COLUMBIA, SC (WIS) — At a time when experts say America’s children are facing a mental health crisis, a report earlier this year found that more than half of South Carolina public schools do not did not have access to a licensed counsellor.
As the state implements longer-term solutions to address this issue through the South Carolina Department of Health and Human Services, the issue is urgent, particularly following a spike during the COVID-19 pandemic.
“We have seen anxiety, depression, mental health issues surfacing among public school students, not just in South Carolina but across the country, at a rate that has not existed before, at a significantly higher pace,” said the DHHS chief strategic officer. Communications Jeff Leieritz said.
Earlier this year, Governor Henry McMaster called for a statewide audit of mental health services available in South Carolina schools. The audit — conducted by the Department of Health and Human Services, which sets Medicaid reimbursement rates for these school services — found there was one counselor for about 1,300 students, which the DHHS director said , Robbie Kerr, called “unacceptable” in his letter to McMaster, presenting the findings of the review in May.
Leieritz said his goal is to halve the ratio from 1 to 1,300 over the next year and then halve again in subsequent years.
DHHS believes a new program, funded by a two-year state grant and developed by the University of South Carolina’s psychology department, will help more students meet their health needs. health as South Carolina works to increase access to resources and counselors.
The John H. Magill School of South Carolina Behavioral Health Academy will soon be available to all South Carolina public school staff, from teachers to principals to food services.
It’s online and self-paced, with lessons covering topics like prevention, early intervention, classroom support and how they can help their school through the mental health crisis.
“We know that the more mental health issues students have, the more they tend to get worse, and then you see corollary issues, like school attendance issues, maybe discipline issues, increased likelihood to fall behind, maybe fail a year.” Mark Weist, professor of clinical, community, and school psychology at USC.
The initial introductory class lasts 90 minutes, while subsequent classes last six to eight hours, Weist said, the latest on treatment and more intensive intervention aimed at counseling staff and special educators.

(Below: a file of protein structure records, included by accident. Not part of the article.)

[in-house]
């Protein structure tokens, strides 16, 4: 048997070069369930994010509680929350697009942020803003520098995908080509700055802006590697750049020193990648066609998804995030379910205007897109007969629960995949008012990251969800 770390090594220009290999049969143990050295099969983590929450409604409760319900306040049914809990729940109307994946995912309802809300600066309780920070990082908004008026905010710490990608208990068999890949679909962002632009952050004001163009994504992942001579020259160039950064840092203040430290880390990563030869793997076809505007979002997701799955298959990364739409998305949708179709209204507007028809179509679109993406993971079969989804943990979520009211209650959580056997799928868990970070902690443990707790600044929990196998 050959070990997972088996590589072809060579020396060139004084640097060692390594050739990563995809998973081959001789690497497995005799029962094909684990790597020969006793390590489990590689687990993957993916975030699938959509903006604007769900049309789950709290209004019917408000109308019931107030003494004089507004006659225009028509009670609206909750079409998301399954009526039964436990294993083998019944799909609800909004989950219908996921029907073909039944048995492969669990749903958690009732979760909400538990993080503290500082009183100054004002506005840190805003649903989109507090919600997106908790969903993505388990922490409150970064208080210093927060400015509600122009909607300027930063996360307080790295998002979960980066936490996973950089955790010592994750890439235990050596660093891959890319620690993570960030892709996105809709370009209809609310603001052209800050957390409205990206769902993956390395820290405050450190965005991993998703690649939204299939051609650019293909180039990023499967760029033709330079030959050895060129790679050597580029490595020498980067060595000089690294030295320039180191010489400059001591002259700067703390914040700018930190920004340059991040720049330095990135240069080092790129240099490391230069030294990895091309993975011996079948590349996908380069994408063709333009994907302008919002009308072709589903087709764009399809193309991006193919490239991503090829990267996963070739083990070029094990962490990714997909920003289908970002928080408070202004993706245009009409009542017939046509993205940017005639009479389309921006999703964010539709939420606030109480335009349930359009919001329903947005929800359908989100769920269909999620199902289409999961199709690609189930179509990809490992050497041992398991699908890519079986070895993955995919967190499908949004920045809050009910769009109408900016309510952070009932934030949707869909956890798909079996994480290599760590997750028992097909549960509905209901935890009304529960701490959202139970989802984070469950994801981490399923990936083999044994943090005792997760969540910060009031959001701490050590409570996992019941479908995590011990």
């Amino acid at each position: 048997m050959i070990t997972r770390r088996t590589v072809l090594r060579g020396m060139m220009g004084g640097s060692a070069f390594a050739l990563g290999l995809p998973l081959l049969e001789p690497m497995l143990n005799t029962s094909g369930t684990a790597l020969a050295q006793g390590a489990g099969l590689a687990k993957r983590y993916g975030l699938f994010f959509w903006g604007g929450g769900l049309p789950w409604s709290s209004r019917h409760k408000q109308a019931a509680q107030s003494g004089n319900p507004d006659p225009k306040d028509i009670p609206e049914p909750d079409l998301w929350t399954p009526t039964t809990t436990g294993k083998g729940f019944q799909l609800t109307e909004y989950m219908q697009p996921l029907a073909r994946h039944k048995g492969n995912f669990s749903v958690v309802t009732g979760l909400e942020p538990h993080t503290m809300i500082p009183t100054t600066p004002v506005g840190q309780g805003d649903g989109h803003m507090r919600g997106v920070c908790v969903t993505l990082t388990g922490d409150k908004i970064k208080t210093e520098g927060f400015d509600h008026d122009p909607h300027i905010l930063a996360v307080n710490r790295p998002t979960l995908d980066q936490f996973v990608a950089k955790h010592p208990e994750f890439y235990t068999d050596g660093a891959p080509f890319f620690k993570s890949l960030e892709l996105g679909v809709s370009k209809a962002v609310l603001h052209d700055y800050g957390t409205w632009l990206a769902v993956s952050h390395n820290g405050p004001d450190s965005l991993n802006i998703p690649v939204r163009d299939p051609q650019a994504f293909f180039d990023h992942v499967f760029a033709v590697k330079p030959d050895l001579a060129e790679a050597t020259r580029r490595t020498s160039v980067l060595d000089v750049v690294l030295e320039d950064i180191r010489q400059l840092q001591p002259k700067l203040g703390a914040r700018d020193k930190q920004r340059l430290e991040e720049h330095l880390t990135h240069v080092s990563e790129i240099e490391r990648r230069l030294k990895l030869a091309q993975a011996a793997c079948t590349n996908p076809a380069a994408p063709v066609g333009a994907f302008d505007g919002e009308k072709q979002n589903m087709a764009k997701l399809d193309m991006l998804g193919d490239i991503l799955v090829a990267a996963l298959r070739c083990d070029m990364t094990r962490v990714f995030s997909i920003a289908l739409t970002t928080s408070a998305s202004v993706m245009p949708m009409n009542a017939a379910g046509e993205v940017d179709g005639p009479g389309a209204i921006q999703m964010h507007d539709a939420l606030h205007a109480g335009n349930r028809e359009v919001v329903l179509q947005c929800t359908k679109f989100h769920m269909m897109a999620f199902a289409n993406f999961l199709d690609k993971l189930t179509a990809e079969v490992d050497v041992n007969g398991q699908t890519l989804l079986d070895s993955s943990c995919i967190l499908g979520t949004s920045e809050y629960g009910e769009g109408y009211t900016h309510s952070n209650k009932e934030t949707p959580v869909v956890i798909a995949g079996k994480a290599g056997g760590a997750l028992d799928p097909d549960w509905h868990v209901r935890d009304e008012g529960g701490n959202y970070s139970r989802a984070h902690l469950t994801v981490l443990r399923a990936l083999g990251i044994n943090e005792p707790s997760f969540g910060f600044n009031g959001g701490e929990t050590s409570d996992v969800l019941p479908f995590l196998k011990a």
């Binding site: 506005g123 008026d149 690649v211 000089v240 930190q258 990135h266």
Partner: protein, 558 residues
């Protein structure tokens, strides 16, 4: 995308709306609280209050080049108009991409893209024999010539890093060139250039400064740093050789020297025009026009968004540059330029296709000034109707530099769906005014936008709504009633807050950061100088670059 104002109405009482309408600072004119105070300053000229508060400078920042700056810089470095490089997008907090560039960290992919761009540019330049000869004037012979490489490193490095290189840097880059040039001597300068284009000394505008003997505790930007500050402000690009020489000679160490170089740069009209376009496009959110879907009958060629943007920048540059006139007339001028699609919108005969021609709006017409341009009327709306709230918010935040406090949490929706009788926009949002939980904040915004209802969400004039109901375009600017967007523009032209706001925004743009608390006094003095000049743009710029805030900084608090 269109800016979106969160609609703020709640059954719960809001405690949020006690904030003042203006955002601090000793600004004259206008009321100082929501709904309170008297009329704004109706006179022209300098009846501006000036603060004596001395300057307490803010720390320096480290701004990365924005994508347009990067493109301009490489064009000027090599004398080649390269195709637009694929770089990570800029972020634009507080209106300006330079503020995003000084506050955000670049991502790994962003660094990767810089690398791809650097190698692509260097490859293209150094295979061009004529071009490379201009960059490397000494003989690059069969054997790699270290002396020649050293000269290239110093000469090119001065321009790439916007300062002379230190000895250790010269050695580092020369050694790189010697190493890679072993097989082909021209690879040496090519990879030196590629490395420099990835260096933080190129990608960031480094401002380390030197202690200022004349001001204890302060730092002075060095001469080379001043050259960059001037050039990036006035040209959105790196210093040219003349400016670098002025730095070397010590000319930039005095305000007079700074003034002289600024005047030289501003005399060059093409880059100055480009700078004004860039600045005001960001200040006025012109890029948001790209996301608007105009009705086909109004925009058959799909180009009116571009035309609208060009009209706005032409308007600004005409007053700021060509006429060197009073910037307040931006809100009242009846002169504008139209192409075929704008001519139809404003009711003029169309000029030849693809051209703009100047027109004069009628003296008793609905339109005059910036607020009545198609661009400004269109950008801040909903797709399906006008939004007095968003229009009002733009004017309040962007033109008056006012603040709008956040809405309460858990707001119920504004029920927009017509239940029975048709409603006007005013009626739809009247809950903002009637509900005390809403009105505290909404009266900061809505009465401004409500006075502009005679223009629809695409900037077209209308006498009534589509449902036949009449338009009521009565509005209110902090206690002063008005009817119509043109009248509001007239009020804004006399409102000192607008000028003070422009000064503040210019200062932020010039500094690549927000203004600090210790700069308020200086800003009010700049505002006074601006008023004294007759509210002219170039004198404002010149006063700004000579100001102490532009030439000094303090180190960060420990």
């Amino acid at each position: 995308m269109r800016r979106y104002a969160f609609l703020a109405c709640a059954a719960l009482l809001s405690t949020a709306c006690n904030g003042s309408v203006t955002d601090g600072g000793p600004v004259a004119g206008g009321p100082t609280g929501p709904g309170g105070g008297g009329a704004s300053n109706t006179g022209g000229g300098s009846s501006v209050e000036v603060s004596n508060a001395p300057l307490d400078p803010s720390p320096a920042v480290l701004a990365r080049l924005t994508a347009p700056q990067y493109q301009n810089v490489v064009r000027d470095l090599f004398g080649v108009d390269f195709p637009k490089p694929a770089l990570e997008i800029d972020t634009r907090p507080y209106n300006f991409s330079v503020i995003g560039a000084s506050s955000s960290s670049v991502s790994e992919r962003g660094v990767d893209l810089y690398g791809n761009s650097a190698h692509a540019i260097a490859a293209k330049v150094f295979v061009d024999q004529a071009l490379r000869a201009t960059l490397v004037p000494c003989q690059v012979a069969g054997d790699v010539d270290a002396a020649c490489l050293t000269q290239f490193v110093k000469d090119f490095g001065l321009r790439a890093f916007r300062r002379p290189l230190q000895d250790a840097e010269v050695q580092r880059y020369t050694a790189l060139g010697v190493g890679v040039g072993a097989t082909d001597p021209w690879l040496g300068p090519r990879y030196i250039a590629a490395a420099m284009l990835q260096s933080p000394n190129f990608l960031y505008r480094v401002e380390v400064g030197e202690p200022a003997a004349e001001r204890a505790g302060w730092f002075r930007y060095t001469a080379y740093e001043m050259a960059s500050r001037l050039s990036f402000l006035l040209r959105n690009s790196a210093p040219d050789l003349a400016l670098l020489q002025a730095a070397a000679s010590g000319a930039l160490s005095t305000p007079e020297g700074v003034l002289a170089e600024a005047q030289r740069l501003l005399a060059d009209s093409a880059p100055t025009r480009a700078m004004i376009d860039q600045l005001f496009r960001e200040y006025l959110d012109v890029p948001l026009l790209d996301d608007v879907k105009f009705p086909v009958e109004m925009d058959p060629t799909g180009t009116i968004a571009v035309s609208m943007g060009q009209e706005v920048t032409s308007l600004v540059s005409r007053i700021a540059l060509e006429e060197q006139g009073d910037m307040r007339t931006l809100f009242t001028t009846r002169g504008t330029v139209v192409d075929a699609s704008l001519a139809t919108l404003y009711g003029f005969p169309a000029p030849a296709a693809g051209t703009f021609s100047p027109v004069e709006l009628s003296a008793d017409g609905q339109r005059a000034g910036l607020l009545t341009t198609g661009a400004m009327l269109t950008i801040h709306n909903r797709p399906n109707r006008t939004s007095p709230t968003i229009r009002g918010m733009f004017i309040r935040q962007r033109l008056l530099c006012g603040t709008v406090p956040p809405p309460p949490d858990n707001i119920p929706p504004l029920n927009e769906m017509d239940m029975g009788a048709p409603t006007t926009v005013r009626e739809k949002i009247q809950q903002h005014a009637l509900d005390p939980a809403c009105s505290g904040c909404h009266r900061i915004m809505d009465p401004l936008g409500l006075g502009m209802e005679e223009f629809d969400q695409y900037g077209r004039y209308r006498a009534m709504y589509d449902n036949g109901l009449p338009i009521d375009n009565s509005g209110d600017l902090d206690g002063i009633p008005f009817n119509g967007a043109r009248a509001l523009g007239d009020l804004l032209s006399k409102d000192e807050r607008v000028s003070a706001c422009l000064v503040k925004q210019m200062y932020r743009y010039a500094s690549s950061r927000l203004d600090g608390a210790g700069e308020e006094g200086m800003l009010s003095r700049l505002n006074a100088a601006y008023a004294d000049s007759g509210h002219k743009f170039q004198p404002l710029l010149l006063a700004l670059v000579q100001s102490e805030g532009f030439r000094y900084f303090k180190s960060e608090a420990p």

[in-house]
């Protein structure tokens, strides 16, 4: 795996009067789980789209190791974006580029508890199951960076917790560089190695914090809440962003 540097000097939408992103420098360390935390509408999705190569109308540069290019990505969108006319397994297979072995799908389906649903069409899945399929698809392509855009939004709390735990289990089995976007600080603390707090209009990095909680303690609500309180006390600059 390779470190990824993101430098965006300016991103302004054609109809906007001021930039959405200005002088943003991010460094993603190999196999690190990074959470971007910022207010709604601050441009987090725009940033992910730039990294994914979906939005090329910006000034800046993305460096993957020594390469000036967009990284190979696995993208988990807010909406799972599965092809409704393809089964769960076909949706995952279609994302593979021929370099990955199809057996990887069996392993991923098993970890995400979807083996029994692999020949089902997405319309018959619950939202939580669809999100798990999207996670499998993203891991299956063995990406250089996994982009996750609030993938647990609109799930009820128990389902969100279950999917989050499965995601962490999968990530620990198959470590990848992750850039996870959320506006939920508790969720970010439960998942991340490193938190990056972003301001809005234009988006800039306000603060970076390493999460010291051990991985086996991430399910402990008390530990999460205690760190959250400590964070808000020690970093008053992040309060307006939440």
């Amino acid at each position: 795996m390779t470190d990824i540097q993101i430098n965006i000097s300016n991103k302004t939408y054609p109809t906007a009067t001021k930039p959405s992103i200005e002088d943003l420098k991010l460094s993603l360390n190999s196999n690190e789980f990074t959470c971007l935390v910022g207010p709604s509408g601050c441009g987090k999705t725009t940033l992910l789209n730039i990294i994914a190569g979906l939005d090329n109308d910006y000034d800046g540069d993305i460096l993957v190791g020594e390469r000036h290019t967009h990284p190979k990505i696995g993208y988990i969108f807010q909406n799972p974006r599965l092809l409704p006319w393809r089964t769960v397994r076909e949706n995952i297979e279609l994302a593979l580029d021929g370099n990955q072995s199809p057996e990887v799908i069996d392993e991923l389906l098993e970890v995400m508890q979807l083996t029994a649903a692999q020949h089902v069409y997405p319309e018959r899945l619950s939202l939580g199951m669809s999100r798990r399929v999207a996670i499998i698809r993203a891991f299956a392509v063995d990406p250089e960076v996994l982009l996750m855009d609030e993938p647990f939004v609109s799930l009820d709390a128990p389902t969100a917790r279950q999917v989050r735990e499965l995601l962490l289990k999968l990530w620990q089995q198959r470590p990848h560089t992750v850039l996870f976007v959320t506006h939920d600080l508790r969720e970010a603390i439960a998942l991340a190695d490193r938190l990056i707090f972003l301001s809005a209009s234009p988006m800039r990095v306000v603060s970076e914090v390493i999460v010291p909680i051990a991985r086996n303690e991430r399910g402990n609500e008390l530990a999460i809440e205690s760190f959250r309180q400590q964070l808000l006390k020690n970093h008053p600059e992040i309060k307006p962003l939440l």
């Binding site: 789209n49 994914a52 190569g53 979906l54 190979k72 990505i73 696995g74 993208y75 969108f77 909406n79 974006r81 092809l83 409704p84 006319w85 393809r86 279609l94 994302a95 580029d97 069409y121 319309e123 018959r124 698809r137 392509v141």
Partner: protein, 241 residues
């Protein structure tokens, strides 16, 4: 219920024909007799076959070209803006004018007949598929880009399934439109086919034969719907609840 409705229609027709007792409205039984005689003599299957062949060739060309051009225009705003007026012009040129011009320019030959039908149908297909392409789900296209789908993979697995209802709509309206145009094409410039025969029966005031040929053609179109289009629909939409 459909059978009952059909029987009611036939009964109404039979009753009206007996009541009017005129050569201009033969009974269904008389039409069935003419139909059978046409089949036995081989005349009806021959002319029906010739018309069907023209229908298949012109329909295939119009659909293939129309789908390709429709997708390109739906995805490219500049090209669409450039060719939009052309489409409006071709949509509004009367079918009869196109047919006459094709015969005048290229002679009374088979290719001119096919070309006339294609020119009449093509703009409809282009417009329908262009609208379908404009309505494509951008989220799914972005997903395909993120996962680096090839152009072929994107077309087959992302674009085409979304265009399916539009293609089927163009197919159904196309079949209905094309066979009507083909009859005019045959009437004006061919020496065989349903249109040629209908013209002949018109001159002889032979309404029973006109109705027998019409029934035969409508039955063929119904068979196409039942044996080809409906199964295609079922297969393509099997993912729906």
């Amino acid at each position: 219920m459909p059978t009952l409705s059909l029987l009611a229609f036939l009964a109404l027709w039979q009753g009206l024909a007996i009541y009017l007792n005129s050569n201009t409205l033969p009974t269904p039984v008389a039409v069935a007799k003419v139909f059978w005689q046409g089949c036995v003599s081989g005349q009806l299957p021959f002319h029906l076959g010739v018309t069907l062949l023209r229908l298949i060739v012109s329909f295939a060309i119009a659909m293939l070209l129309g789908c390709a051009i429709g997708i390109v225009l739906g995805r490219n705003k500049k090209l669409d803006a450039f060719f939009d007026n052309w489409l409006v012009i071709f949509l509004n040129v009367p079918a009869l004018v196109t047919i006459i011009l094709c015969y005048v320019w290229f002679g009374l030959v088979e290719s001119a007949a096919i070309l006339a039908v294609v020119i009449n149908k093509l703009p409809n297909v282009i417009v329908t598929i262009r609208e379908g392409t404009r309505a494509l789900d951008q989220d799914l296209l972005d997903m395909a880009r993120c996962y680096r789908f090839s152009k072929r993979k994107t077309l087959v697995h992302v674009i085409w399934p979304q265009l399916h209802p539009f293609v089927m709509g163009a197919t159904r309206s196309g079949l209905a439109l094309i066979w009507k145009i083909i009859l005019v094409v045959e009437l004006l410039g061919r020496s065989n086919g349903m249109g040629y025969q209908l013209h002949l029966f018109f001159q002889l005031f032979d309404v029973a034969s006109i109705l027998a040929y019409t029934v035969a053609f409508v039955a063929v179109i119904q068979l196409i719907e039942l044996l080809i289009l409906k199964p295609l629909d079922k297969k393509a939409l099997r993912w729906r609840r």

While the program is available to all interested staff, it’s optional, as Leieritz said they’re not looking to put more on teachers’ plates or replace licensed counselors with other school staff.
However, he said teachers and staff have stepped in to help their students, so they want to equip them with the tools they need if they do.
“We found in our audit that too often there was a student who was in crisis, a mental health crisis, and because there was no mental health counselor available at that school, you had the teacher or the vice-principal or the principal or the nurse or the support staff who cared for the child in mental health crisis,” Leieritz said. “That’s not what they’re educated for, what they’re trained for. This is not the ideal situation.
Weist said they will also work more intensively under the program with 12 districts – three each in the Pee Dee, Lowcountry, Midlands and Upstate. Two districts are piloting the first module of the course this week, and the program could be available to staff across South Carolina as early as next week.
The DHHS audit also found that students are more than 20 times more likely to access mental health services inside schools than outside.
Weist added that strong youth mental health programs can boost student success in all areas of their lives.
“The sooner we provide an effective intervention, the more effective it will be,” Weist said.
Other recommendations from the audit to address the shortage of counselors have already taken effect, including an adjustment to Medicaid reimbursement rates.
Most school counselors in the state are employed by the South Carolina Department of Mental Health, and the audit found that the system is in place to encourage schools to use these counselors.
The old Medicaid reimbursement rate that DMH-registered counselors receive, $77 for a half-hour session, was more than double the $37 rate that a private provider had received.
In July, the department eliminated those rate disparities, believing that giving schools more freedom and choice in hiring private counselors will help increase access to services.
Among other recommendations, Principal Kerr advised using telehealth to increase access to services and considering a three-year phased introduction to require school counselors to be fully licensed.
Although this is already a requirement for private counselors who work in schools, DMH counselors are excluded from the requirement.
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